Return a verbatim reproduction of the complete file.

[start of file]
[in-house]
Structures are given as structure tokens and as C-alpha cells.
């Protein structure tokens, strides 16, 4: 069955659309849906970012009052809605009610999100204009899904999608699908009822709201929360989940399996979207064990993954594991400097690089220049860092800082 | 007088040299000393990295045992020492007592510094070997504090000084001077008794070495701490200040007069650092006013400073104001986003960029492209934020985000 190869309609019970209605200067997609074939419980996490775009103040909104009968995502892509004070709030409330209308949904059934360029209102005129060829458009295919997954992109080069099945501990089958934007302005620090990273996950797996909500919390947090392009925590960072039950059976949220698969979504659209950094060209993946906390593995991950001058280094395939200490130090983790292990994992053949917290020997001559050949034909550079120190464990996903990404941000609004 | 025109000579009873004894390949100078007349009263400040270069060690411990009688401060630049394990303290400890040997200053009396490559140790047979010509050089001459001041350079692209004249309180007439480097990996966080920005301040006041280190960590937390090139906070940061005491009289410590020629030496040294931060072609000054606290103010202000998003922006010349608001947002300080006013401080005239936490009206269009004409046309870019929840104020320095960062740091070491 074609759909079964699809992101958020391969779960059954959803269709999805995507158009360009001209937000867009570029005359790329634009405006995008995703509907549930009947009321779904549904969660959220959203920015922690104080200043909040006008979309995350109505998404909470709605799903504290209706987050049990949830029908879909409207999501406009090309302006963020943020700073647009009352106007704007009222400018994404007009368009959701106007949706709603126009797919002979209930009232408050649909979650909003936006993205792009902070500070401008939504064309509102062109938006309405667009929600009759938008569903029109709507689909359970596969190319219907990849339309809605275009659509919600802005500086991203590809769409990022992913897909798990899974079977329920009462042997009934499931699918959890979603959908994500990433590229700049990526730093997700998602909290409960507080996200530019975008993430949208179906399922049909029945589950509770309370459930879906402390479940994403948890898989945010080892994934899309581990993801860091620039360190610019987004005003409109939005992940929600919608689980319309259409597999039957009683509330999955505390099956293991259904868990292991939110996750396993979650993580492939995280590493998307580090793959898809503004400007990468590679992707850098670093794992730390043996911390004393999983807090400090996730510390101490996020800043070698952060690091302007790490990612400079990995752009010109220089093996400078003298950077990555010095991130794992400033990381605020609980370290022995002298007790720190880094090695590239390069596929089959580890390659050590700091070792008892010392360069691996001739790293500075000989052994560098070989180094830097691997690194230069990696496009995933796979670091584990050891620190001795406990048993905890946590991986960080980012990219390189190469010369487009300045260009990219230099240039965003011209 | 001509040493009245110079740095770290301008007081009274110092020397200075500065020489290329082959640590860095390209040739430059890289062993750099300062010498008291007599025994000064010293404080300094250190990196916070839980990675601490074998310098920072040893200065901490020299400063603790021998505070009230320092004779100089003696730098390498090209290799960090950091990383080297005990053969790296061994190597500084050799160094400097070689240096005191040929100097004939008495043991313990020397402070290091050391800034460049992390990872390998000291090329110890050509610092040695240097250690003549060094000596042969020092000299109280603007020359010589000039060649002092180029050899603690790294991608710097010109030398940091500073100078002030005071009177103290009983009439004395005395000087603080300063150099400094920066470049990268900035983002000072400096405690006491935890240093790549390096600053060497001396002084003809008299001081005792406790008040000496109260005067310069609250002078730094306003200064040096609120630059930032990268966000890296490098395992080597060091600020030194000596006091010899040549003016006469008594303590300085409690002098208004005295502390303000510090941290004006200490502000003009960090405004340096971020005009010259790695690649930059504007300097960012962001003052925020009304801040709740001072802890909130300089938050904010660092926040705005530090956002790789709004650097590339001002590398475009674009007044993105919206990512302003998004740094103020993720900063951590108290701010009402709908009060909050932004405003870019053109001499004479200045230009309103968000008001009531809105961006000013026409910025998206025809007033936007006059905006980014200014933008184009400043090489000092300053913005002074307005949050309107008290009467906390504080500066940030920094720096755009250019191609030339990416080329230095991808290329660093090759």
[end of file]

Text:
[in-house]
Structures are given as structure tokens and as C-alpha cells.
């Protein structure tokens, strides 16, 4: 069955659309849906970012009052809605009610999100204009899904999608699908009822709201929360989940399996979207064990993954594991400097690089220049860092800082 | 007088040299000393990295045992020492007592510094070997504090000084001077008794070495701490200040007069650092006013400073104001986003960029492209934020985000 190869309609019970209605200067997609074939419980996490775009103040909104009968995502892509004070709030409330209308949904059934360029209102005129060829458009295919997954992109080069099945501990089958934007302005620090990273996950797996909500919390947090392009925590960072039950059976949220698969979504659209950094060209993946906390593995991950001058280094395939200490130090983790292990994992053949917290020997001559050949034909550079120190464990996903990404941000609004 | 025109000579009873004894390949100078007349009263400040270069060690411990009688401060630049394990303290400890040997200053009396490559140790047979010509050089001459001041350079692209004249309180007439480097990996966080920005301040006041280190960590937390090139906070940061005491009289410590020629030496040294931060072609000054606290103010202000998003922006010349608001947002300080006013401080005239936490009206269009004409046309870019929840104020320095960062740091070491 074609759909079964699809992101958020391969779960059954959803269709999805995507158009360009001209937000867009570029005359790329634009405006995008995703509907549930009947009321779904549904969660959220959203920015922690104080200043909040006008979309995350109505998404909470709605799903504290209706987050049990949830029908879909409207999501406009090309302006963020943020700073647009009352106007704007009222400018994404007009368009959701106007949706709603126009797919002979209930009232408050649909979650909003936006993205792009902070500070401008939504064309509102062109938006309405667009929600009759938008569903029109709507689909359970596969190319219907990849339309809605275009659509919600802005500086991203590809769409990022992913897909798990899974079977329920009462042997009934499931699918959890979603959908994500990433590229700049990526730093997700998602909290409960507080996200530019975008993430949208179906399922049909029945589950509770309370459930879906402390479940994403948890898989945010080892994934899309581990993801860091620039360190610019987004005003409109939005992940929600919608689980319309259409597999039957009683509330999955505390099956293991259904868990292991939110996750396993979650993580492939995280590493998307580090793959898809503004400007990468590679992707850098670093794992730390043996911390004393999983807090400090996730510390101490996020800043070698952060690091302007790490990612400079990995752009010109220089093996400078003298950077990555010095991130794992400033990381605020609980370290022995002298007790720190880094090695590239390069596929089959580890390659050590700091070792008892010392360069691996001739790293500075000989052994560098070989180094830097691997690194230069990696496009995933796979670091584990050891620190001795406990048993905890946590991986960080980012990219390189190469010369487009300045260009990219230099240039965003011209 | 001509040493009245110079740095770290301008007081009274110092020397200075500065020489290329082959640590860095390209040739430059890289062993750099300062010498008291007599025994000064010293404080300094250190990196916070839980990675601490074998310098920072040893200065901490020299400063603790021998505070009230320092004779100089003696730098390498090209290799960090950091990383080297005990053969790296061994190597500084050799160094400097070689240096005191040929100097004939008495043991313990020397402070290091050391800034460049992390990872390998000291090329110890050509610092040695240097250690003549060094000596042969020092000299109280603007020359010589000039060649002092180029050899603690790294991608710097010109030398940091500073100078002030005071009177103290009983009439004395005395000087603080300063150099400094920066470049990268900035983002000072400096405690006491935890240093790549390096600053060497001396002084003809008299001081005792406790008040000496109260005067310069609250002078730094306003200064040096609120630059930032990268966000890296490098395992080597060091600020030194000596006091010899040549003016006469008594303590300085409690002098208004005295502390303000510090941290004006200490502000003009960090405004340096971020005009010259790695690649930059504007300097960012962001003052925020009304801040709740001072802890909130300089938050904010660092926040705005530090956002790789709004650097590339001002590398475009674009007044993105919206990512302003998004740094103020993720900063951590108290701010009402709908009060909050932004405003870019053109001499004479200045230009309103968000008001009531809105961006000013026409910025998206025809007033936007006059905006980014200014933008184009400043090489000092300053913005002074307005949050309107008290009467906390504080500066940030920094720096755009250019191609030339990416080329230095991808290329660093090759």